float = rest on the surface of the water
“It’s a shame about all those plastic bottles floating on the sea.”

flock = group of birds
“We saw a huge flock of seagulls at the beach today.”

flop = fall because of tiredness
“He came in through the door and flopped down onto the sofa.”
= a failure
“The film was a flop.”

flip-flops = beach sandals, with a plastic thong

fluke = something that happens though luck
“That goal was such a fluke!”

former = previous
“His former wife remarried a millionaire.”

formula = a method for doing something (also scientific formula)
“He’s got a great formula for selling books.”

forthcoming = coming soon
“In his forthcoming film, he plays a retired detective.”

frail = not strong (because a person is old)
“My grandmother is a little frail now.”

frenetic = very busy
“She always complains about her frenetic pace of life.”
(noun = frenzy)

frivolous = shallow, not serious
“Some people say that her hobbies are just a frivolous waste of time.”

frugal = not spending much money
“They’re very frugal with their money and never go on holiday.”

frumpy = old-fashioned
“I wish she wouldn’t wear such frumpy clothes.”

fumes = gases (with a bad odour)
“I hate sitting in traffic jams, breathing in all the car fumes.”

English Vocabulary – J Words

Here’s a list of more than 120 “J Words” (words starting with the letter J) in level of difficulty. Learn the J Words at Elementary level before going on to the J Words at Pre-intermediate, Intermediate and Advanced level.

J Words at Elementary level

jacket = a short coat you can wear outside, or worn with a pair of trousers as a suit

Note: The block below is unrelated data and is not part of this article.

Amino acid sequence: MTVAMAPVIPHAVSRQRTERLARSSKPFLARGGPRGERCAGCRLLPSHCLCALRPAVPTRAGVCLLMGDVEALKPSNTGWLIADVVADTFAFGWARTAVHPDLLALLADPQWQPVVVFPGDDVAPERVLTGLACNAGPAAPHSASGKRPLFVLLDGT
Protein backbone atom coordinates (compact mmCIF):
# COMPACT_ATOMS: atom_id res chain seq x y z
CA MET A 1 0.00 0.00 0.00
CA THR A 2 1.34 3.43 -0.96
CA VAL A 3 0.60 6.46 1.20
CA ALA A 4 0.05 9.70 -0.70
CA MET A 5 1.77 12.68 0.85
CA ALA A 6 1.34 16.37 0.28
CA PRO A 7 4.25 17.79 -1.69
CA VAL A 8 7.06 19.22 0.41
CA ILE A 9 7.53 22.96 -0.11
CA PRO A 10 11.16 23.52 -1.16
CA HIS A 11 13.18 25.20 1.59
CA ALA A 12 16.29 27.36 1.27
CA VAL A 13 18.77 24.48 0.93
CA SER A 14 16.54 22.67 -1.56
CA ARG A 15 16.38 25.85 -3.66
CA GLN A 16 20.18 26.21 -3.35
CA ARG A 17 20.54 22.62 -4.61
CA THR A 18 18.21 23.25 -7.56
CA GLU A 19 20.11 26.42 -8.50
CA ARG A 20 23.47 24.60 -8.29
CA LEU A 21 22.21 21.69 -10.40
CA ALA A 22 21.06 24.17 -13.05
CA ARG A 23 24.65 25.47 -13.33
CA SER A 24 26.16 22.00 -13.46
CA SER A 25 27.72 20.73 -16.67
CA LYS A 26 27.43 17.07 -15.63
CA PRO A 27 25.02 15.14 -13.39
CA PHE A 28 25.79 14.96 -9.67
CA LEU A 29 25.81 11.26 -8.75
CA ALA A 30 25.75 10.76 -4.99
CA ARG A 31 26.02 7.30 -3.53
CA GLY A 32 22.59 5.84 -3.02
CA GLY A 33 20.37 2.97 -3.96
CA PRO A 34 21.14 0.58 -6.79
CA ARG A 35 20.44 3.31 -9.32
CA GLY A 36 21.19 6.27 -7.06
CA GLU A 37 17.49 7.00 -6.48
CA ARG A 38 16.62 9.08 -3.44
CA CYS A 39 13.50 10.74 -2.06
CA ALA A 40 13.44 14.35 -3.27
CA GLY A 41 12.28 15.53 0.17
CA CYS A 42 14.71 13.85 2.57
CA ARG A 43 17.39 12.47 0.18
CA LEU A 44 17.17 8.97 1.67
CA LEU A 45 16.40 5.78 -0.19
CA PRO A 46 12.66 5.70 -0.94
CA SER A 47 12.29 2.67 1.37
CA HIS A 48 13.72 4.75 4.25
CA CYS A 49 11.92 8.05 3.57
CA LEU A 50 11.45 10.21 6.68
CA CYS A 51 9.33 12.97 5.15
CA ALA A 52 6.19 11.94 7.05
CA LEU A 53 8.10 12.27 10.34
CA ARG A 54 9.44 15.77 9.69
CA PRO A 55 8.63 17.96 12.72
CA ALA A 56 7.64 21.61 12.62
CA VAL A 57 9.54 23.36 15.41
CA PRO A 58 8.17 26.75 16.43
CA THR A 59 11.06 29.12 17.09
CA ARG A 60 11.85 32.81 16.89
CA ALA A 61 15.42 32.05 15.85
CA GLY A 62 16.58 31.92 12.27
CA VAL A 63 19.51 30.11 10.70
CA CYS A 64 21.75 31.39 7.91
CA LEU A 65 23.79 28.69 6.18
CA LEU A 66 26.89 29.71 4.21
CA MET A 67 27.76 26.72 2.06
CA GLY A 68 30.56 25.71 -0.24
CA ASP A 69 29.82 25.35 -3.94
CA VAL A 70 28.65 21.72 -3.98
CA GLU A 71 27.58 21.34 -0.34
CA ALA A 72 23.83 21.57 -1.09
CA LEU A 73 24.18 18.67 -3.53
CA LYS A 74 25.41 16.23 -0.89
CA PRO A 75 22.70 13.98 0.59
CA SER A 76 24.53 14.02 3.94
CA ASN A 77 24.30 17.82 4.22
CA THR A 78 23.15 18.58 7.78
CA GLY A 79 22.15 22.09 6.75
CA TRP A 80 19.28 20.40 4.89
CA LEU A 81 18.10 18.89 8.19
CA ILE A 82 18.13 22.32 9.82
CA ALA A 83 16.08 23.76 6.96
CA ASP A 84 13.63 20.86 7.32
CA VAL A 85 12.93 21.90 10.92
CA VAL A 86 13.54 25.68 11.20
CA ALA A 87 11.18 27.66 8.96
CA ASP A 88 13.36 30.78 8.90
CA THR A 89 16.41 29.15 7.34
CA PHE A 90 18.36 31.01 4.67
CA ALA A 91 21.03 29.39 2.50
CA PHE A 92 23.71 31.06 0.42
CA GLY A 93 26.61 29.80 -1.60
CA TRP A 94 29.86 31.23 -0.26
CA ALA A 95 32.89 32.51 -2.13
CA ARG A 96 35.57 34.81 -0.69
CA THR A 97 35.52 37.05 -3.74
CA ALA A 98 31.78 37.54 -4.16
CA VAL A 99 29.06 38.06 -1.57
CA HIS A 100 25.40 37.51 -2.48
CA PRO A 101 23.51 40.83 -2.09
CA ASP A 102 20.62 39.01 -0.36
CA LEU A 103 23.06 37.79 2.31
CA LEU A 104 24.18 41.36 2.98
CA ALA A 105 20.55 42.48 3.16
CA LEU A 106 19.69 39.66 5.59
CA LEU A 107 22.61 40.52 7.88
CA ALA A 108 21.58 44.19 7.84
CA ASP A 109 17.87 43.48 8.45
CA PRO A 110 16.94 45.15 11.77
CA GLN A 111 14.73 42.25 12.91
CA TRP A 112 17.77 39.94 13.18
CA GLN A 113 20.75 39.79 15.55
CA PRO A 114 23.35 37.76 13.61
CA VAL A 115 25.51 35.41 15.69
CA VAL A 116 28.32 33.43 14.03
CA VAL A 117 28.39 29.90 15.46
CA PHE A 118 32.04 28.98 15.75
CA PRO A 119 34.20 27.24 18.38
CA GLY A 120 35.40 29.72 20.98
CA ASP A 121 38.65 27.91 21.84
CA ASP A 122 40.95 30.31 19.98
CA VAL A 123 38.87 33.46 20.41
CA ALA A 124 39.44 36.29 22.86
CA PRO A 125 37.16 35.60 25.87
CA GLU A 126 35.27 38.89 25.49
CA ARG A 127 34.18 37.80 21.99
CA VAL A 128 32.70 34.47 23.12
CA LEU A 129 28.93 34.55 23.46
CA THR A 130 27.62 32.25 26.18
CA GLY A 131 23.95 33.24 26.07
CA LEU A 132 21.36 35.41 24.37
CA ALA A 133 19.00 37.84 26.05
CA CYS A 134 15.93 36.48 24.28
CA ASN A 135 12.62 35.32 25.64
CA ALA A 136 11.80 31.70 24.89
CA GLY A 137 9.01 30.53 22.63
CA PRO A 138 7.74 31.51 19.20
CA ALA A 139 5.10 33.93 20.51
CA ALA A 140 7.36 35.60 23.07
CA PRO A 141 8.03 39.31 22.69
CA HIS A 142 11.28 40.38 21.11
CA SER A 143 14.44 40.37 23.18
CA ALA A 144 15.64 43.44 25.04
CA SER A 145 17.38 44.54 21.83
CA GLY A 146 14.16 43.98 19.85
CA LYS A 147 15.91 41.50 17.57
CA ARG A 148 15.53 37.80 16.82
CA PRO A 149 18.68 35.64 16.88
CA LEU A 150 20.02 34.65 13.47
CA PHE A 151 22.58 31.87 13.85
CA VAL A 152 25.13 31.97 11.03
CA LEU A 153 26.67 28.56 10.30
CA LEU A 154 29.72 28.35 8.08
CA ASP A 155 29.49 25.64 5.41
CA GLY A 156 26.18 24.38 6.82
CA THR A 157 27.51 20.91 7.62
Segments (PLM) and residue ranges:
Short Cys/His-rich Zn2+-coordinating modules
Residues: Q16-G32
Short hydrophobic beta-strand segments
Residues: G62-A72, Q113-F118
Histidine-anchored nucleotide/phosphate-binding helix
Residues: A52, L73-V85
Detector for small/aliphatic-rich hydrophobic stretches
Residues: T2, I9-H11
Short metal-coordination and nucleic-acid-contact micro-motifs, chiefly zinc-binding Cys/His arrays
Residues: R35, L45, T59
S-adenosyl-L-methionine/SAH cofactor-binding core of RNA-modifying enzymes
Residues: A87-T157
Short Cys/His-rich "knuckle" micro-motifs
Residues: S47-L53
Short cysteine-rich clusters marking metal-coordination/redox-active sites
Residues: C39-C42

“He always wears a leather jacket.”

jam = sweet paste made from fruit and sugar
“I eat toast and jam for breakfast.”

January = the first month of the year
“Do you celebrate on January 1st?”

jeans = casual trousers made from denim
“Can you wear jeans to work?”

jet = a fast aeroplane / military plane
“I heard a jet fly over the valley.”

job = what you do for work
“Have you got a job?”
“What’s your job?”

jog = run for fitness
“I like jogging in the park.”

join = become a member
“I’ve joined the Film Club.”

= put things together
“You need to join these two pieces of wood.”

joke = a funny story
“He told a great joke.”

= say something that isn’t true
“I’m joking! I’m not really moving!”

journey = travel
“How long is your journey into work each day?”

juice = the liquid of a fruit
“Orange juice is good for you.”

July = the seventh month in the year
“Do you go on holiday in July?”

jump = go from sitting to standing, or from standing into the air
“She jumped up from her chair.”

June = the sixth month of the year
“We have lovely weather in June.”

jungle = a tropical forest
“They got lost in the jungle.”

just = very recently
“He’s just bought a car.”

= fair / equal
“Do you think his punishment was just?”

= exactly
“This shirt is just what I wanted. Thank you!”

= only